myCNAjobs Predicts College Students May Help Alleviate the Impeding Caregiver Shortage

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Chicago, IL – September 25, 2012 — Caregiver turnover combined with the retirement of 8,000 Baby Boomers each day are ingredients for a major worker shortage over the next decade, according to a recent study by Service Employees International Healthcare. One factor driving high turnover, especially in states like Washington, is the inability for caregivers to secure enough working hours due to budget cuts. Another major factor is decreasing caregiver loyalty and employment satisfaction.

“Being a caregiver is a tough job and even tougher in today’s economy,” says Brandi Kurtyka, Chief Marketing Officer for myCNAjobs, a caregiving and CNA recruiting vehicle used by senior employers across the country.
By 2050, over 20 percent of the U.S. population will be age 65 or older. Although professional caregiving careers are growing at a tremendous rate, nursing school enrollment isn’t growing fast enough to meet projected demand, according to the American Association of College and Nursing.

“With the looming caregiver shortage, we’re focused on building relationships with a variety of partners, including colleges and universities,” adds Kurtyka. ”We believe that smart, savvy, and compassionate college students may help alleviate the impeding shortage while also offering a platform to build more successful careers post-college.”

Today, nearly half of all undergraduates work while enrolled in college and approximately ten percent are employed at least 35 hours per week. As more students turn to employment earlier to pay for school, college students may find caregiving careers as the perfect complement to a busy life on-campus.

“Many college students appreciate the flexibility of a caregiving career and money to help pay for school. In addition, caregiver careers offer invaluable experience and are mutually beneficial for both the student and senior,” comments Steven Rothberg, President and Founder of, the leading job board for college students searching for internships and recent grads hunting for entry-level jobs and other career opportunities. – myCNAjobs currently has active university relationships in select states and is rolling out a national partnership program in the coming months. myCNAjobs is the world’s most comprehensive resource to find rewarding work and hire caregivers and certified nursing assistants effectively. To learn more, visit or contact info(at)myCNAjobs(dot)com.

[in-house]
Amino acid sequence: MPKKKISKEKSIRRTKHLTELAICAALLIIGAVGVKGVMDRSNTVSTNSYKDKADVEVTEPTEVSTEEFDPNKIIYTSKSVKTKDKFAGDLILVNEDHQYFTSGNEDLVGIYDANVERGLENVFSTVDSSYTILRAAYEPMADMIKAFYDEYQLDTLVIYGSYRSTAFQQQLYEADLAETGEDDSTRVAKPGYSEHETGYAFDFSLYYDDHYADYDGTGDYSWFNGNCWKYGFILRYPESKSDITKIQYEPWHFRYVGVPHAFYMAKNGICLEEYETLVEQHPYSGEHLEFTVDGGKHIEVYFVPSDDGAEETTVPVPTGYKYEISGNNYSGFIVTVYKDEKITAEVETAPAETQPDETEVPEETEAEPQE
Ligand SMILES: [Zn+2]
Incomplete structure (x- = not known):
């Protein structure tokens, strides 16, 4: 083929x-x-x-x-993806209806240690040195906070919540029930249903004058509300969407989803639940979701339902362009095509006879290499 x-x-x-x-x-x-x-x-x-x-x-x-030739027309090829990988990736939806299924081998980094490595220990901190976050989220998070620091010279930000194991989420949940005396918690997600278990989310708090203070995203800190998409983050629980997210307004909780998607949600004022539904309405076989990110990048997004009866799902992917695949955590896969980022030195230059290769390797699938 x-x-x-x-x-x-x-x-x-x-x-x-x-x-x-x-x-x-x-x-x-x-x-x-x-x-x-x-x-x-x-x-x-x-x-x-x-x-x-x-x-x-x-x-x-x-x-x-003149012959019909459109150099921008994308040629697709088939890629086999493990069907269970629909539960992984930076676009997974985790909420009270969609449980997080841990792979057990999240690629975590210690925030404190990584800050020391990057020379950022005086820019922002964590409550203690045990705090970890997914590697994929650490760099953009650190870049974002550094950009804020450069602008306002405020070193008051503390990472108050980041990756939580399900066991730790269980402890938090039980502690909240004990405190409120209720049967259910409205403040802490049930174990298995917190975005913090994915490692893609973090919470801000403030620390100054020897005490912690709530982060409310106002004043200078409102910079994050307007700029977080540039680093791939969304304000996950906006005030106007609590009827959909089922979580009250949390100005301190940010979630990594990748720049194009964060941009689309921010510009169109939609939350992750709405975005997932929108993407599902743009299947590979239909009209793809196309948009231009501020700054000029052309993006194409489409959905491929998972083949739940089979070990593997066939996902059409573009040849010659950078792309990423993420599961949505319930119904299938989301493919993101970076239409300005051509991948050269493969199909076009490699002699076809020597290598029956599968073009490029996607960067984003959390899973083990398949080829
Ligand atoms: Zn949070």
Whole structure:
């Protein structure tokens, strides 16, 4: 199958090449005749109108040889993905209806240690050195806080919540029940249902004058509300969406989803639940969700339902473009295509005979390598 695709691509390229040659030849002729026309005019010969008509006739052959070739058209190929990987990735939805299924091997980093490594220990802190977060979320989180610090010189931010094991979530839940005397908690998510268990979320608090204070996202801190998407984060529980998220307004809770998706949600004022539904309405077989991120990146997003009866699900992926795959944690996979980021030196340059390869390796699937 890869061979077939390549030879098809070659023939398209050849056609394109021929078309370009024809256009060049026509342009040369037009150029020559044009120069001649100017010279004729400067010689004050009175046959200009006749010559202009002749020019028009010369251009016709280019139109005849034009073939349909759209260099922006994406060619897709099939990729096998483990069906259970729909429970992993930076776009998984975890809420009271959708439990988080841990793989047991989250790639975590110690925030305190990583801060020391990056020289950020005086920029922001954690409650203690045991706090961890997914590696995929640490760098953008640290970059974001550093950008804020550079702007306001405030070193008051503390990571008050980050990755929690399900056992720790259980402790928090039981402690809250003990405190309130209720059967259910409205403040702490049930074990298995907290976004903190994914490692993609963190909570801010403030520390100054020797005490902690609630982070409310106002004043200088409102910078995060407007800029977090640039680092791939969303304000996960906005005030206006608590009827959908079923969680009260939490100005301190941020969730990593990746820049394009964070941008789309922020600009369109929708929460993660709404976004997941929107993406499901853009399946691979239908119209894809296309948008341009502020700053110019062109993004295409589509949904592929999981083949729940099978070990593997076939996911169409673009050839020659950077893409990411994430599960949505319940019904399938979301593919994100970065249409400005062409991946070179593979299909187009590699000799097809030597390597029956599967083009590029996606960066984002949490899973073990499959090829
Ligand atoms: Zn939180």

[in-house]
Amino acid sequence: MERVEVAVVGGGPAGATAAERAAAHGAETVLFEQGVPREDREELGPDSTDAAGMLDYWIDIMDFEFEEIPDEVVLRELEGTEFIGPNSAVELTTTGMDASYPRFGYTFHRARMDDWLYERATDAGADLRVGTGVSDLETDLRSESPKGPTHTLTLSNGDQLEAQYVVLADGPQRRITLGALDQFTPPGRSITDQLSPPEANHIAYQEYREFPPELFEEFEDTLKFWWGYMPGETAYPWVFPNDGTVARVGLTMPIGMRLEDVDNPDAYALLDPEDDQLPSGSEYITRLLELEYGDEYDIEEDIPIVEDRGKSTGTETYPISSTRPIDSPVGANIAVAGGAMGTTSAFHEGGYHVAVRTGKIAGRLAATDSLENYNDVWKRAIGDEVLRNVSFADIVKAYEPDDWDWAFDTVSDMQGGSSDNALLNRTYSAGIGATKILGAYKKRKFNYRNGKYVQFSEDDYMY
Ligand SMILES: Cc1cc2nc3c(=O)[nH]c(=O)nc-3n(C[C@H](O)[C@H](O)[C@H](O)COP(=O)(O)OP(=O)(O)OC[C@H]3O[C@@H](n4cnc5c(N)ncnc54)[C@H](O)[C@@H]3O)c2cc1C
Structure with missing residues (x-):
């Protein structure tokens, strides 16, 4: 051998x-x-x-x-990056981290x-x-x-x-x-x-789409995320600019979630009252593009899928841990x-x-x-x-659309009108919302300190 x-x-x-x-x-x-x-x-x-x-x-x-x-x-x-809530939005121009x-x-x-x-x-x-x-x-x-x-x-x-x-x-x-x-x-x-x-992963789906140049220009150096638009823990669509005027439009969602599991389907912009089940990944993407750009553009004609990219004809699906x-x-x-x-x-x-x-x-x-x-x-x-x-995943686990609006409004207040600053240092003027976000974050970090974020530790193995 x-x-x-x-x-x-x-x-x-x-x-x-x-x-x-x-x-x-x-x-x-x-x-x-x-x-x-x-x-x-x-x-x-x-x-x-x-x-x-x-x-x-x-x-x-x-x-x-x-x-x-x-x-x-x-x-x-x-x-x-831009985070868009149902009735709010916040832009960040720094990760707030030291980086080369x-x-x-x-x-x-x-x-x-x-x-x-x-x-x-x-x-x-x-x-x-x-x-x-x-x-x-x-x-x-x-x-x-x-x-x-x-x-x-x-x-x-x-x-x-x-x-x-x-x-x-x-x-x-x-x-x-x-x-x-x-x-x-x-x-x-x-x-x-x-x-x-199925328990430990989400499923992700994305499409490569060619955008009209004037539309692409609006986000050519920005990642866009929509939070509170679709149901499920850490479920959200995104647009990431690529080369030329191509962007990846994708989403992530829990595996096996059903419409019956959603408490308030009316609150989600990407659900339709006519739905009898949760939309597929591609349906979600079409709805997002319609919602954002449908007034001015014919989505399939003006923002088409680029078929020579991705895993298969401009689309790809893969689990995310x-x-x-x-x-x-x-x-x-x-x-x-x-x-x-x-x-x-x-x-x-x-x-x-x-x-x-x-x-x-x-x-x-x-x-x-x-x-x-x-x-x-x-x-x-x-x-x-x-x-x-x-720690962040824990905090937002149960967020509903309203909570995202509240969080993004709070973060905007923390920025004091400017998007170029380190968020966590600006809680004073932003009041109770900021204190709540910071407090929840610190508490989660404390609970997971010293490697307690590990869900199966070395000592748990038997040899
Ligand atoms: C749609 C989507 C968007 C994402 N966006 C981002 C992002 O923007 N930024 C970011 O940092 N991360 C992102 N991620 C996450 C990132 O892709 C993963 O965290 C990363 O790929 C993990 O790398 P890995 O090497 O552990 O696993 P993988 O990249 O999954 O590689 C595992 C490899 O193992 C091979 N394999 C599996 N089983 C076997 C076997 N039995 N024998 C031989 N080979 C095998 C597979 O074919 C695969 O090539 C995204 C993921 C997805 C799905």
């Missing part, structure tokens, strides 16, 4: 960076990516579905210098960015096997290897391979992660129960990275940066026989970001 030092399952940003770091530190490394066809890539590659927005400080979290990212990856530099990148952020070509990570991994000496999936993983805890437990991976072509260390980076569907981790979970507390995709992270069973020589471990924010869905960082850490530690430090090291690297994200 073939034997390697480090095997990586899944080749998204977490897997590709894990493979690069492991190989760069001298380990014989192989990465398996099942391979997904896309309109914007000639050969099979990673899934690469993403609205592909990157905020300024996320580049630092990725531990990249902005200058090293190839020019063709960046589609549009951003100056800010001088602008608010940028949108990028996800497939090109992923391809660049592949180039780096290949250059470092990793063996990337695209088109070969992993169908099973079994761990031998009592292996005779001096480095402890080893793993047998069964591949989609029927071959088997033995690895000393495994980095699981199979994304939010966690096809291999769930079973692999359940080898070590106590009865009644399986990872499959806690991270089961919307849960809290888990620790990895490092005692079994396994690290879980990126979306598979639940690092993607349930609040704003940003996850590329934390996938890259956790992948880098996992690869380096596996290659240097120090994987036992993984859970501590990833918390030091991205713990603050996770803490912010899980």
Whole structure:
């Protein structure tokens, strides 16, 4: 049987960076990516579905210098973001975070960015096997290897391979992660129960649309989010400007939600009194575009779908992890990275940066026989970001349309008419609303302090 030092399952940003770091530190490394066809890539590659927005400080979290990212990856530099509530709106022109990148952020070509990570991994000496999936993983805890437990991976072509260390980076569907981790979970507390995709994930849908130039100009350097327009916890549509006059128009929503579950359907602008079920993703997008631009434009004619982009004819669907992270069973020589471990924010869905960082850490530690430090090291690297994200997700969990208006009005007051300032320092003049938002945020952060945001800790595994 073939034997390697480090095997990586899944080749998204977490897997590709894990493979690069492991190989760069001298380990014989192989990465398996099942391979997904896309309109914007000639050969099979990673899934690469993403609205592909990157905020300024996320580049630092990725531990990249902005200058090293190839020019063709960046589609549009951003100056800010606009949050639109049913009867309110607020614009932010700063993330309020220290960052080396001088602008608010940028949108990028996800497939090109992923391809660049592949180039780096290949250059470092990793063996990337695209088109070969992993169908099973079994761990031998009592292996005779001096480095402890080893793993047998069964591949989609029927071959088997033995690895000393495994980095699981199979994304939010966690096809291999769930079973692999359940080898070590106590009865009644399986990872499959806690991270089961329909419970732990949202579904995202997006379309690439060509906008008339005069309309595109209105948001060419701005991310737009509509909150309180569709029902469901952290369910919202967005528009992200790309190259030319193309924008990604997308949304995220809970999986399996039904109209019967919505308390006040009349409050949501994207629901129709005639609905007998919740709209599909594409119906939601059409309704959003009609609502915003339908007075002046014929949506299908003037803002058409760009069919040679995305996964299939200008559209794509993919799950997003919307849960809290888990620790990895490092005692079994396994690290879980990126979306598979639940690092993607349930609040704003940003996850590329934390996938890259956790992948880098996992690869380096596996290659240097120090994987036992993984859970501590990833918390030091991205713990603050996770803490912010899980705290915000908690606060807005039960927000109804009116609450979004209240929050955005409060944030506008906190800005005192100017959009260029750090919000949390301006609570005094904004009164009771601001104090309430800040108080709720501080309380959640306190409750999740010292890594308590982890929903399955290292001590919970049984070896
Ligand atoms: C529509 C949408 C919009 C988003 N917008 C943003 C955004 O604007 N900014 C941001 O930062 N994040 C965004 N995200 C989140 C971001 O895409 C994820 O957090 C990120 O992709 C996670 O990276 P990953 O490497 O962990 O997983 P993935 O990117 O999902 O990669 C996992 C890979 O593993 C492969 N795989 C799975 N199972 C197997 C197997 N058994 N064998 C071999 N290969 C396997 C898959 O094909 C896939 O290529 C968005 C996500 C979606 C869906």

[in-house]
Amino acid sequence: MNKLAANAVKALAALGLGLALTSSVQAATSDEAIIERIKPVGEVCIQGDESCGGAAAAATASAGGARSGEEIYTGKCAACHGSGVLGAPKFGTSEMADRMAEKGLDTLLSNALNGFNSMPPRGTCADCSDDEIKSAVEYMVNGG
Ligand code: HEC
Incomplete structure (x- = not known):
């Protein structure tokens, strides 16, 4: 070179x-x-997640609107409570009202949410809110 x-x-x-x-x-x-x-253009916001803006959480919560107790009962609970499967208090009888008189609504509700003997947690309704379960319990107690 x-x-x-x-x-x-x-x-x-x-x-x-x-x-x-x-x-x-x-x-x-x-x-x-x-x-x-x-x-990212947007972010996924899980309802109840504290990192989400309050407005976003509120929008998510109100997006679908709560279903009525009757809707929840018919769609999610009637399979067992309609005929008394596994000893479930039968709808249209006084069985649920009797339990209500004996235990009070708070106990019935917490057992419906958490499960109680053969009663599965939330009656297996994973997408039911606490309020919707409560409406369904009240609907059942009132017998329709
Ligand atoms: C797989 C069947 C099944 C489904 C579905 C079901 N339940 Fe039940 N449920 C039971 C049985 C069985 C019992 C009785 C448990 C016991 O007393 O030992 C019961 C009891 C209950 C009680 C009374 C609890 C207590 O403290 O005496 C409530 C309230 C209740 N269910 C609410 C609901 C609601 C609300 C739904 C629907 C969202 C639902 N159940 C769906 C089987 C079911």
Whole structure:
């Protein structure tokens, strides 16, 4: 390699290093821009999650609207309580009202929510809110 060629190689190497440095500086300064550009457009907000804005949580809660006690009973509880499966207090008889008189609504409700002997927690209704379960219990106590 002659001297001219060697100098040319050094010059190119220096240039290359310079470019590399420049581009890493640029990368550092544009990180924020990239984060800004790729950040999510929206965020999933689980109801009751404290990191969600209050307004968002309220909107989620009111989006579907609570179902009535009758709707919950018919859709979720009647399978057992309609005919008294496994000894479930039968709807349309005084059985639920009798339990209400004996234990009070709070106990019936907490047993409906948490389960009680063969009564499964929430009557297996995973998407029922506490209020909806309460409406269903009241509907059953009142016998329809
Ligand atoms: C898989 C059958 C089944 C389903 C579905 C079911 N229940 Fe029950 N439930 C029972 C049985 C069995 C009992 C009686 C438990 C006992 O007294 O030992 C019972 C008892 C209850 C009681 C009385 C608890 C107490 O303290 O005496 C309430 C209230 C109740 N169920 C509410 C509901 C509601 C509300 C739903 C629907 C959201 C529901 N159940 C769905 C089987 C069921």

About & Steven Rothberg – Steven Rothberg is the President and Founder of, the leading job board for college students searching for internships and recent graduates hunting for entry-level jobs and other career opportunities. features well over 100,000 internship and entry-level job postings and 25,000 pages of articles, Ask the Experts questions and answers, blogs, videos, and other career-related content. Steven regularly keynotes and presents at regional, national, and international conferences and trade shows related to online marketing, online recruitment and the recruitment of college students and recent graduates.

— Article written by Steven Rothberg and courtesy of

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2 responses to “myCNAjobs Predicts College Students May Help Alleviate the Impeding Caregiver Shortage”

  1. wendy hare says:

    So..since I just enrolled in school to be a can patient care tech. I am disappointed after reading this a little because I am in my 40’s starting new. Is this saying the college kids in their 20’s will beat me out of a job? I live in a busy college town too. Nursing school hard to get into here.

    • mattberndt says:

      Wendy – the article headline makes it clear that there is a need for healthcare professionals, so you are preparing to enter a field where demand exceeds supply. This is a good thing for you. I would not jump to the conclusion that college kids in their 20s are going to beat you out for a job just because you are in your 40s and live in a college town. That is a huge jump.

      Make no mistake – you will face competition. Everyone does in all fields. You have to do well in the classroom, complement that with practical experience outside the classroom, develop your understanding of the dynamics of the marketplace in your area and pursue employment. There are no guarantees, so you can’t just take your classes and hope there will be a job offer waiting at the end of your studies.

      You said Nursing School is hard to get into. And you got in, right? Be proud of that and capitalize on that. You made it in, so you made it through the first weeding out process. Use your maturity to your advantage rather than viewing it as a disadvantage.